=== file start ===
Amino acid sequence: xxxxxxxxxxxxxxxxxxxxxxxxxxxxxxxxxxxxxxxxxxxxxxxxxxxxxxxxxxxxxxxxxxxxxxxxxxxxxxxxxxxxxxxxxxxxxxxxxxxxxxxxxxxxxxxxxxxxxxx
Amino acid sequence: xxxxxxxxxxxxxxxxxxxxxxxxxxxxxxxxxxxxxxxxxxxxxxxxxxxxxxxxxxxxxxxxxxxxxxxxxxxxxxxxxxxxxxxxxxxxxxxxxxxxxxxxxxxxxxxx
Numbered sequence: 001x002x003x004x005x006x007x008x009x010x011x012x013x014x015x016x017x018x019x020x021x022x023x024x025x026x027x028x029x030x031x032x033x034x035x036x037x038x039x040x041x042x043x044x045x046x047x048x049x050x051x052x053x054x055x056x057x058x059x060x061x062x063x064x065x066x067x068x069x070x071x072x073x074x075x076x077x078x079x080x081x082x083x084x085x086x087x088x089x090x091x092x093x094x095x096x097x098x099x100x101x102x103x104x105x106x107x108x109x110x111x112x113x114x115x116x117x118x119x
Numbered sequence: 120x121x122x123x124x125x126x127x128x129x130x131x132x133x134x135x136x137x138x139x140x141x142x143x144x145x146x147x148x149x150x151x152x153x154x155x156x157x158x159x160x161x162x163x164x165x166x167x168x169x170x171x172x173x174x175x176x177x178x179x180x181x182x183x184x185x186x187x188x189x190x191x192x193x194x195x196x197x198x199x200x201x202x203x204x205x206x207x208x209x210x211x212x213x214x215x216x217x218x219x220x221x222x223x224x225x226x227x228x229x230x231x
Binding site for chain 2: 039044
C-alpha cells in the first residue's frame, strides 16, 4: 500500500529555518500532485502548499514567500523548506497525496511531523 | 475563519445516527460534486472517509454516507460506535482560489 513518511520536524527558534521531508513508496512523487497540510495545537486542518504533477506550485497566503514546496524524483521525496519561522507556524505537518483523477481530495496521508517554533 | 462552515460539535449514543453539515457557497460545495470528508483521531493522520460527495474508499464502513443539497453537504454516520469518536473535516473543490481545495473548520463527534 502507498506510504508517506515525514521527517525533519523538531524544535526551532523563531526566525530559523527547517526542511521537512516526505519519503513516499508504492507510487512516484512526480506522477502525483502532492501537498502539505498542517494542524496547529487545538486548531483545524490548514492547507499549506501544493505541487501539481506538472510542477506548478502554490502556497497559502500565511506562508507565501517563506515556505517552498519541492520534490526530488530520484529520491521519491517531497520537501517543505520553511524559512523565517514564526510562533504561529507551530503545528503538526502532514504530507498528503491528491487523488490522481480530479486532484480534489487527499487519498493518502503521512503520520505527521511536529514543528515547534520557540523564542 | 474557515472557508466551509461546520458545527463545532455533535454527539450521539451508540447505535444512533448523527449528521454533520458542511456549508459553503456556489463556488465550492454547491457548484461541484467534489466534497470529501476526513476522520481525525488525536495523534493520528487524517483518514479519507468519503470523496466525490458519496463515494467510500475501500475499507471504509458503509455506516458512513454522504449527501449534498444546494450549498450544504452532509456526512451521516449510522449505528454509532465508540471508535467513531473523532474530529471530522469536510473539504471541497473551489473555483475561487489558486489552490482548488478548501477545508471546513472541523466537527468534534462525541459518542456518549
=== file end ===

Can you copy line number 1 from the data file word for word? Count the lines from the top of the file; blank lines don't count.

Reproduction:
Amino acid sequence: xxxxxxxxxxxxxxxxxxxxxxxxxxxxxxxxxxxxxxxxxxxxxxxxxxxxxxxxxxxxxxxxxxxxxxxxxxxxxxxxxxxxxxxxxxxxxxxxxxxxxxxxxxxxxxxxxxxxxxx